The XX Factor

Jay Leno Is a Sellout

The late night war is over. Conan’s packing his pride and leaving NBC with a nice settlement. Jay Leno has emerged with his old time slot, as well as so much ire aimed at him from the cultural elite, critics, and the comedic community, that when I tuned into his show last night I had a hard time imagining exactly who could be sitting there in the audience supplying polite laughter. My go-to gauge of whatever fantasy “middle” American sentiment we refer to when we bat around the phrase “television audience” or “American viewers” is my 87-year-old grandmother, stationed in St. Paul, Minn. She’s decidedly anti-Leno, pro-Letterman, and Conan-neutral. She thinks Leno is a “sell-out.”

Do a Twitter search of “Leno + sellout” and you’ll get an idea of how much that word has been hurled at the epically chinned comedian over the past few weeks. (Clue: It’s a lot.) Sure, by the essential definition of a sellout, Leno fits the bill. He violated some idealistic concept of industry support and took back the torch he handed Conan less than a year ago, probably for money, definitely for personal gain. But I’ve hardly read anything about Leno lately that didn’t take a jab at his gajillion cars or his 8-figure salary, which is strange considering Conan hasn’t come out of this ordeal a poor man. According to the WSJ this morning, Conan’s leaving NBC with a payout of 32.5 million .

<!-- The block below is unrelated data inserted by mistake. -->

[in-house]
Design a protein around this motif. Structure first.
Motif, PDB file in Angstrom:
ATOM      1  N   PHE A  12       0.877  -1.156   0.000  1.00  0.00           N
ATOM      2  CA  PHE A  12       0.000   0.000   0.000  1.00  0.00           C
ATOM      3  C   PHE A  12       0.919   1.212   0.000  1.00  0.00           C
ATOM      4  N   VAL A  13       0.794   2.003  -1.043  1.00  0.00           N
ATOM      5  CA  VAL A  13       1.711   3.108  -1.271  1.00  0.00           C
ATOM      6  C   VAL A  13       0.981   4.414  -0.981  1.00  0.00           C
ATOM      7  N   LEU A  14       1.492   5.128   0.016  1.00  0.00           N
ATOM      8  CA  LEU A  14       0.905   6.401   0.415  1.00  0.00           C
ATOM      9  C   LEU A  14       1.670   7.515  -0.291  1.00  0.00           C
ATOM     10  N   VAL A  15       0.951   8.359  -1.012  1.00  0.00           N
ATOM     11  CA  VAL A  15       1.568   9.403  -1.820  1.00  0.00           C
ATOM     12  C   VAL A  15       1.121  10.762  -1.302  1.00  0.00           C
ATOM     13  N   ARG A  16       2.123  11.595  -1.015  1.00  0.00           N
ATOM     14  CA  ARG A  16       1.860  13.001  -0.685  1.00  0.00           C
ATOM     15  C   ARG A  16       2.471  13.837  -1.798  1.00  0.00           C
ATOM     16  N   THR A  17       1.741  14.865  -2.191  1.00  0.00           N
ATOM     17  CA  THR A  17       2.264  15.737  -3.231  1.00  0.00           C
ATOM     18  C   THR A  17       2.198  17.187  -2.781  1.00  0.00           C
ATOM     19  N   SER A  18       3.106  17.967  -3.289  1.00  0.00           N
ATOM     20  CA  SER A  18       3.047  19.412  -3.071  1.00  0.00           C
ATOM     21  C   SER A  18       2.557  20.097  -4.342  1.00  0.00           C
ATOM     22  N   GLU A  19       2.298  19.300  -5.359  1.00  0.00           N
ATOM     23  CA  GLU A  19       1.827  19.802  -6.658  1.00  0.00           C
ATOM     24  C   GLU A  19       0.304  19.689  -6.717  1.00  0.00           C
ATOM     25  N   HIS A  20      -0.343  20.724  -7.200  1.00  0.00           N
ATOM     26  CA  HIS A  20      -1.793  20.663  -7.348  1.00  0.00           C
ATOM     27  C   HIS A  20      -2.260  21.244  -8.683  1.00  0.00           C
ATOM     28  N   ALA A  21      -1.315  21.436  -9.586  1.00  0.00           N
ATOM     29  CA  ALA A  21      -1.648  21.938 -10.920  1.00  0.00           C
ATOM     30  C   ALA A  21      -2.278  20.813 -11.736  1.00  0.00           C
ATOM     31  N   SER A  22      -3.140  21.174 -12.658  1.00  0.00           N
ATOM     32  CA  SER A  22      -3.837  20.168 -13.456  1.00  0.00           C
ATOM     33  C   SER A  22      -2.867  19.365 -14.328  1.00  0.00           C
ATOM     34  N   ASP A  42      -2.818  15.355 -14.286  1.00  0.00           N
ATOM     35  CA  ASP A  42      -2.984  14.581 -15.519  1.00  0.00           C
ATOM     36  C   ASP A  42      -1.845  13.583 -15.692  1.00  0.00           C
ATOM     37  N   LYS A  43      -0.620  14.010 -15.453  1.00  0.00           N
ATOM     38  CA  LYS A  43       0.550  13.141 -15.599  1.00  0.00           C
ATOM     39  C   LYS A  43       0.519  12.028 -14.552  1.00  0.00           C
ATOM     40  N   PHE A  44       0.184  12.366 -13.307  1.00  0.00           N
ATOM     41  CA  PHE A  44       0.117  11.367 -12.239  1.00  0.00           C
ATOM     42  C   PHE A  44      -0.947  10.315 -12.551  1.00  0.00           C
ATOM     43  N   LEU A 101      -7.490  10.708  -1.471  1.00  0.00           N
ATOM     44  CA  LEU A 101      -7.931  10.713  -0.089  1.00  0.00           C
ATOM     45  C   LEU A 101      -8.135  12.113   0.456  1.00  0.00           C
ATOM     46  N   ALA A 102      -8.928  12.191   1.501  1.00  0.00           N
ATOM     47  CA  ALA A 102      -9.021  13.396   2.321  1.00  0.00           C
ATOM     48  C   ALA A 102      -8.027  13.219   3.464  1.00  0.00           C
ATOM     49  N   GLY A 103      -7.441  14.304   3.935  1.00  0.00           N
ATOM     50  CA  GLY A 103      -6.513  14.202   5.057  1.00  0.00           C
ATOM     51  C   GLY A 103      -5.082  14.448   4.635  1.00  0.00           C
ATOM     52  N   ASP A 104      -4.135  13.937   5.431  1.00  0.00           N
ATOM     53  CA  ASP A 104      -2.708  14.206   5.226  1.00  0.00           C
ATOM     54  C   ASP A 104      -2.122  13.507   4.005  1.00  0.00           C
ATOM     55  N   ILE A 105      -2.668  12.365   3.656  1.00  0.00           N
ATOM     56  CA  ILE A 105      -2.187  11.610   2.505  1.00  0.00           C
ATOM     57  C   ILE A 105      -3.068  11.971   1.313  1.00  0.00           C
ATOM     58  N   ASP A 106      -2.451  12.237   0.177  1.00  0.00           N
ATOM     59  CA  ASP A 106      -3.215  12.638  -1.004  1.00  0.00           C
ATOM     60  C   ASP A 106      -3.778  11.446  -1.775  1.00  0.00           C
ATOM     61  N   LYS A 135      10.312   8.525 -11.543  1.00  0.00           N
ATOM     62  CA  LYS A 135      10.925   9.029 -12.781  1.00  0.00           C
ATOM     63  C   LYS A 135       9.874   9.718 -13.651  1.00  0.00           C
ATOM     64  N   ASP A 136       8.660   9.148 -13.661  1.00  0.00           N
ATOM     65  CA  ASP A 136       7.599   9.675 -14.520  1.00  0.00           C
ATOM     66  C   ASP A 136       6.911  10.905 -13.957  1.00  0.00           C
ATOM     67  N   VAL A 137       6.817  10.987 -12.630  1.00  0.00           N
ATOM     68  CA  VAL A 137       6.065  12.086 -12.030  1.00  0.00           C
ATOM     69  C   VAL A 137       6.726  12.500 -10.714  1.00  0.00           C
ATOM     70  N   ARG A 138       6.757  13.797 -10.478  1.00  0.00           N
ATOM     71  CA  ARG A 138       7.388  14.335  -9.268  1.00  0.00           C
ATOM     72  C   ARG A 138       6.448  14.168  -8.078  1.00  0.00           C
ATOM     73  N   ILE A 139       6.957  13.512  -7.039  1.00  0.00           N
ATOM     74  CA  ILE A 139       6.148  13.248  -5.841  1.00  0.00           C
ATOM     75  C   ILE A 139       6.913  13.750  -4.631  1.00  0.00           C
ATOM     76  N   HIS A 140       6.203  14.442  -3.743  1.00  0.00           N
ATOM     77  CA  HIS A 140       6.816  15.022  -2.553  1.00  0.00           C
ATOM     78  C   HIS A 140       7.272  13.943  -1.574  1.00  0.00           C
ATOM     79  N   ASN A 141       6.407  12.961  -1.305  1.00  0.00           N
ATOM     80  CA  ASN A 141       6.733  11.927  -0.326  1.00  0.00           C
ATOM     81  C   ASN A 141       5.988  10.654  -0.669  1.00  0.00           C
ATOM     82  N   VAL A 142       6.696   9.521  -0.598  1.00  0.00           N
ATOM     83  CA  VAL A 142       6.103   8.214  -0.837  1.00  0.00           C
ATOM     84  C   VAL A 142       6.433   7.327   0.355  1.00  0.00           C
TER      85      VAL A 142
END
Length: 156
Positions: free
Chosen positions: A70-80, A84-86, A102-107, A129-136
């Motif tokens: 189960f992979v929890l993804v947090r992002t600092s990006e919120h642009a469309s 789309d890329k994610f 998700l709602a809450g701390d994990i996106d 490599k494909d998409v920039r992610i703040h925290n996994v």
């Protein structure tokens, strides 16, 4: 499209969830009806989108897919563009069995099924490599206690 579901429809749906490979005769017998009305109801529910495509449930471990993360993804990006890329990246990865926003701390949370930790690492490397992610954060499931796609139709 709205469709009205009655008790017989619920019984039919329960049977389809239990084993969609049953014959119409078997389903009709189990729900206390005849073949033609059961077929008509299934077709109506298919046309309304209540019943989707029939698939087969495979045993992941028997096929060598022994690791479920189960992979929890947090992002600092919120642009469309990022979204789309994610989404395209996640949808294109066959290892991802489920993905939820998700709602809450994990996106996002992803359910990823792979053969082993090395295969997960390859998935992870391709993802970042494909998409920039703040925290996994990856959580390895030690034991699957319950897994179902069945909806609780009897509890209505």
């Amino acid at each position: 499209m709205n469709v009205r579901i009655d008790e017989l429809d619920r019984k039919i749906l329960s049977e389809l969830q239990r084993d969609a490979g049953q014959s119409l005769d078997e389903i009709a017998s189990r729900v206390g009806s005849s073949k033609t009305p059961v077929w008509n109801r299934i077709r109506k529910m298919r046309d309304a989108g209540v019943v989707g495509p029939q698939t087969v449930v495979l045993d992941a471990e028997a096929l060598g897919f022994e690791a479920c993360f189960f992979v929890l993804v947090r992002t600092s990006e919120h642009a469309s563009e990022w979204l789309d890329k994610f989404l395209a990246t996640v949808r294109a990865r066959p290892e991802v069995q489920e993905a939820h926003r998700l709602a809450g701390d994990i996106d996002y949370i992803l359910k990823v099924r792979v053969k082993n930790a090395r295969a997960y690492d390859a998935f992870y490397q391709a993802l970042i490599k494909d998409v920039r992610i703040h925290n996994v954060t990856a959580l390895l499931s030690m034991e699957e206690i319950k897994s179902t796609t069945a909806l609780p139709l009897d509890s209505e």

Leno’s a sellout because he traded his talent for money. And he pisses us off not because he stole the show back, but because he’s not funny, and he doesn’t care to be anymore. Watch this grainy video of Leno on the Letterman show back in 1993 . He had character. He used to be funny. (There’s more evidence of this. Search: “Jay Leno 199_” on YouTube.) Now he’s an edgeless, middling host who plays to an imaginary concept of polite, family humor, when the truth is that even polite, family humor has gotten sharper and edgier over the years. Again, I point to my Midwestern grandmother, a lover of all Apatow movies-you know, the ones in which words and phrases like “dick,” “pussy,” and “Prepare to suck the cock of karma!” are thrown around more than “amen” in a Southern Baptist church. Our tastes have changed. The concept of polite humor is dying. And we’re pissed off that network TV won’t relinquish the old guard and please us, the American audience.